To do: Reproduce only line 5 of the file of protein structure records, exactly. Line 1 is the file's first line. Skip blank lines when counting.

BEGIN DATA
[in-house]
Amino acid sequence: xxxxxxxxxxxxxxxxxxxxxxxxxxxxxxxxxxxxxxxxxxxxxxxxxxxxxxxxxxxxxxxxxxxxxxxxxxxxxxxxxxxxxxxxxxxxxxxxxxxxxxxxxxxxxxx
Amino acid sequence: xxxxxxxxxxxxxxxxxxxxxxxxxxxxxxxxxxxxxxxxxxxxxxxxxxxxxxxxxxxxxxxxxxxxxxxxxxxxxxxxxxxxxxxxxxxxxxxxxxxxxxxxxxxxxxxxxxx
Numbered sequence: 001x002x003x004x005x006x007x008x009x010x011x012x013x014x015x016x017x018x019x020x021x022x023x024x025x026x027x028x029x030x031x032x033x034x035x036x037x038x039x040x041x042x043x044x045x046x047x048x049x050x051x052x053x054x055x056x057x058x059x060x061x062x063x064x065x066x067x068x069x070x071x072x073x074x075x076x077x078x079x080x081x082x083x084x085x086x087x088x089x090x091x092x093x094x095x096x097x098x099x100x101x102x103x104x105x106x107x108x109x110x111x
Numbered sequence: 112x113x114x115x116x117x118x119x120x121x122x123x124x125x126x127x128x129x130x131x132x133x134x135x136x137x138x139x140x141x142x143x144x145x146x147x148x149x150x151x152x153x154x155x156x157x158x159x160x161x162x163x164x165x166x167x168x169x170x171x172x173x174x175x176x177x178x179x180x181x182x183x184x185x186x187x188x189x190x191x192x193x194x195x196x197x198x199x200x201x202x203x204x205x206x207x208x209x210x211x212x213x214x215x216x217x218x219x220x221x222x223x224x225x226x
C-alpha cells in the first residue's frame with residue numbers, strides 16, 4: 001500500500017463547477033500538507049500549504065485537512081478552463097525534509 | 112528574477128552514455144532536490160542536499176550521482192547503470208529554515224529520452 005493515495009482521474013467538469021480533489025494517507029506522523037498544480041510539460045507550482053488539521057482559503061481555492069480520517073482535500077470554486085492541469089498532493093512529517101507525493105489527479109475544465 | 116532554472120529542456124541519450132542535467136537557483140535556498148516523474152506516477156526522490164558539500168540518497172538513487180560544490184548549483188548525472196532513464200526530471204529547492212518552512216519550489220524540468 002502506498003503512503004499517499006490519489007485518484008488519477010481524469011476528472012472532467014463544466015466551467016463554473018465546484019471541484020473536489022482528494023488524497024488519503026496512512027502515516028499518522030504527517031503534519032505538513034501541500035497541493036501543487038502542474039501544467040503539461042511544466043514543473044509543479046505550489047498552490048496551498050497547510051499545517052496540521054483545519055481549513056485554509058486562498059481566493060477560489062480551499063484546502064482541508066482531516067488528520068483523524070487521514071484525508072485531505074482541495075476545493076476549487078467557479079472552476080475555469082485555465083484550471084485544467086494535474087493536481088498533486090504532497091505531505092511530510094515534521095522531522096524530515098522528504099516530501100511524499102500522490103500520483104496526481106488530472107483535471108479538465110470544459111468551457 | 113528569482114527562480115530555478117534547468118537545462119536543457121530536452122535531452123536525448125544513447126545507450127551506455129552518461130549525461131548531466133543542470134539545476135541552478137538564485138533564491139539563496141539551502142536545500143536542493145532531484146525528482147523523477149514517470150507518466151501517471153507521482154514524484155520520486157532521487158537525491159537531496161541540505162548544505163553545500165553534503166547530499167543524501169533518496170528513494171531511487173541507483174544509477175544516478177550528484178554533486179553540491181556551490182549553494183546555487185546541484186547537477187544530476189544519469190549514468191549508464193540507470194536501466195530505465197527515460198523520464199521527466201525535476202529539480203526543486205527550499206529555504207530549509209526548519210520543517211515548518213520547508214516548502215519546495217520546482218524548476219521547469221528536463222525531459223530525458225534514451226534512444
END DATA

Numbered sequence: 112x113x114x115x116x117x118x119x120x121x122x123x124x125x126x127x128x129x130x131x132x133x134x135x136x137x138x139x140x141x142x143x144x145x146x147x148x149x150x151x152x153x154x155x156x157x158x159x160x161x162x163x164x165x166x167x168x169x170x171x172x173x174x175x176x177x178x179x180x181x182x183x184x185x186x187x188x189x190x191x192x193x194x195x196x197x198x199x200x201x202x203x204x205x206x207x208x209x210x211x212x213x214x215x216x217x218x219x220x221x222x223x224x225x226x